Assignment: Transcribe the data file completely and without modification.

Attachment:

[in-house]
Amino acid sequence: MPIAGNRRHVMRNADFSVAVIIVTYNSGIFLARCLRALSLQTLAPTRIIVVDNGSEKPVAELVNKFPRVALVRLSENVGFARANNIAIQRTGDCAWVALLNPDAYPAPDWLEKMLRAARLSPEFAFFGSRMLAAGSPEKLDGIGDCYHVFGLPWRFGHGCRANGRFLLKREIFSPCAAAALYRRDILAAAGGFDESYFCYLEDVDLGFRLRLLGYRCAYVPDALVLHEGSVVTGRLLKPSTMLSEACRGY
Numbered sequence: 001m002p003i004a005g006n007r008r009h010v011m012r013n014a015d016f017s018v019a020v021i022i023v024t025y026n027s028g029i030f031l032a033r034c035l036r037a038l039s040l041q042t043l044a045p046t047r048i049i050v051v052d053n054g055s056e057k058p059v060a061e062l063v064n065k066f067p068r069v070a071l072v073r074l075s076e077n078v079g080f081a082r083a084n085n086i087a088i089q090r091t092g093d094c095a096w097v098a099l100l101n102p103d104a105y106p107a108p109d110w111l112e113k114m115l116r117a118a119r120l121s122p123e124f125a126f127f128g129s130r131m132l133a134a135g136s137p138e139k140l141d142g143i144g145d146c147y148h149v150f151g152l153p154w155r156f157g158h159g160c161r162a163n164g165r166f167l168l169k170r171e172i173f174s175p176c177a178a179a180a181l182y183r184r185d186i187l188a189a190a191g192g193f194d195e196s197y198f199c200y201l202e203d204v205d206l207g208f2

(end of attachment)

[in-house]
Amino acid sequence: MPIAGNRRHVMRNADFSVAVIIVTYNSGIFLARCLRALSLQTLAPTRIIVVDNGSEKPVAELVNKFPRVALVRLSENVGFARANNIAIQRTGDCAWVALLNPDAYPAPDWLEKMLRAARLSPEFAFFGSRMLAAGSPEKLDGIGDCYHVFGLPWRFGHGCRANGRFLLKREIFSPCAAAALYRRDILAAAGGFDESYFCYLEDVDLGFRLRLLGYRCAYVPDALVLHEGSVVTGRLLKPSTMLSEACRGY
Numbered sequence: 001m002p003i004a005g006n007r008r009h010v011m012r013n014a015d016f017s018v019a020v021i022i023v024t025y026n027s028g029i030f031l032a033r034c035l036r037a038l039s040l041q042t043l044a045p046t047r048i049i050v051v052d053n054g055s056e057k058p059v060a061e062l063v064n065k066f067p068r069v070a071l072v073r074l075s076e077n078v079g080f081a082r083a084n085n086i087a088i089q090r091t092g093d094c095a096w097v098a099l100l101n102p103d104a105y106p107a108p109d110w111l112e113k114m115l116r117a118a119r120l121s122p123e124f125a126f127f128g129s130r131m132l133a134a135g136s137p138e139k140l141d142g143i144g145d146c147y148h149v150f151g152l153p154w155r156f157g158h159g160c161r162a163n164g165r166f167l168l169k170r171e172i173f174s175p176c177a178a179a180a181l182y183r184r185d186i187l188a189a190a191g192g193f194d195e196s197y198f199c200y201l202e203d204v205d206l207g208f2